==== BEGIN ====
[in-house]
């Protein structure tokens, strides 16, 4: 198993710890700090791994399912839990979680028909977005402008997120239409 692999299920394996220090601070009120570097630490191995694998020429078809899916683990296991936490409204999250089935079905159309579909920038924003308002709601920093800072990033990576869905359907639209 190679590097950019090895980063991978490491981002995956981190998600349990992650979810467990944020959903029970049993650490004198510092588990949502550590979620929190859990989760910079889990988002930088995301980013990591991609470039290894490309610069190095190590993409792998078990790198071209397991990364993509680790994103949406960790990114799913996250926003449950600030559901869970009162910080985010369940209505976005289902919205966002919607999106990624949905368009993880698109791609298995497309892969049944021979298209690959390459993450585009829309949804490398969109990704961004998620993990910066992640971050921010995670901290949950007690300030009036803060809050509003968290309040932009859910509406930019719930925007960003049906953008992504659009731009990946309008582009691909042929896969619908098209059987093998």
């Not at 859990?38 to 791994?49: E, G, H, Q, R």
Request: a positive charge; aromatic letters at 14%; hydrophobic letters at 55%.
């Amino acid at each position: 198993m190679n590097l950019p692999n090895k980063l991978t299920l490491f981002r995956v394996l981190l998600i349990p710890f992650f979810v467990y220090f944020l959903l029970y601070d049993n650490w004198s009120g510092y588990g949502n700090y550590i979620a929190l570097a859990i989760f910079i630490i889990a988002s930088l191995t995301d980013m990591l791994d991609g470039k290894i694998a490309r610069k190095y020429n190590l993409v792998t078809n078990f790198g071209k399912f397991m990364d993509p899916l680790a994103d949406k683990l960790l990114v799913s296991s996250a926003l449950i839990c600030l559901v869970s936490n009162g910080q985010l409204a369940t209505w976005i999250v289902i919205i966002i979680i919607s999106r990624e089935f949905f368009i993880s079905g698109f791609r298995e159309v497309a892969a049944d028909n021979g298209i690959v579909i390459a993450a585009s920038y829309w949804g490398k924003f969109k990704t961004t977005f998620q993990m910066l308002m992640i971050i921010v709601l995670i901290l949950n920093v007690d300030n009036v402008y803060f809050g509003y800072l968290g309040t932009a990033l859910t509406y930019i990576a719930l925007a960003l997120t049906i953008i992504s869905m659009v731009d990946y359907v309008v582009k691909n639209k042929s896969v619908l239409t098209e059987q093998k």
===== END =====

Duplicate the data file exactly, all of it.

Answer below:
[in-house]
């Protein structure tokens, strides 16, 4: 198993710890700090791994399912839990979680028909977005402008997120239409 692999299920394996220090601070009120570097630490191995694998020429078809899916683990296991936490409204999250089935079905159309579909920038924003308002709601920093800072990033990576869905359907639209 190679590097950019090895980063991978490491981002995956981190998600349990992650979810467990944020959903029970049993650490004198510092588990949502550590979620929190859990989760910079889990988002930088995301980013990591991609470039290894490309610069190095190590993409792998078990790198071209397991990364993509680790994103949406960790990114799913996250926003449950600030559901869970009162910080985010369940209505976005289902919205966002919607999106990624949905368009993880698109791609298995497309892969049944021979298209690959390459993450585009829309949804490398969109990704961004998620993990910066992640971050921010995670901290949950007690300030009036803060809050509003968290309040932009859910509406930019719930925007960003049906953008992504659009731009990946309008582009691909042929896969619908098209059987093998």
């Not at 859990?38 to 791994?49: E, G, H, Q, R």
Request: a positive charge; aromatic letters at 14%; hydrophobic letters at 55%.
């Amino acid at each position: 198993m190679n590097l950019p692999n090895k980063l991978t299920l490491f981002r995956v394996l981190l998600i349990p710890f992650f979810v467990y220090f944020l959903l029970y601070d049993n650490w004198s009120g510092y588990g949502n700090y550590i979620a929190l570097a859990i989760f910079i630490i889990a988002s930088l191995t995301d980013m990591l791994d991609g470039k290894i694998a490309r610069k190095y020429n190590l993409v792998t078809n078990f790198g071209k399912f397991m990364d993509p899916l680790a994103d949406k683990l960790l990114v799913s296991s996250a926003l449950i839990c600030l559901v869970s936490n009162g910080q985010l409204a369940t209505w976005i999250v289902i919205i966002i979680i919607s999106r990624e089935f949905f368009i993880s079905g698109f791609r298995e159309v497309a892969a049944d028909n021979g298209i690959v579909i390459a993450a585009s920038y829309w949804g490398k924003f969109k990704t961004t977005f998620q993990m910066l308002m992640i971050i921010v709601l995670i901290l949950n920093v007690d300030n009036v402008y803060f809050g509003y800072l968290g309040t932009a990033l859910t509406y930019i990576a719930l925007a960003l997120t049906i953008i992504s869905m659009v731009d990946y359907v309008v582009k691909n639209k042929s896969v619908l239409t098209e059987q093998k």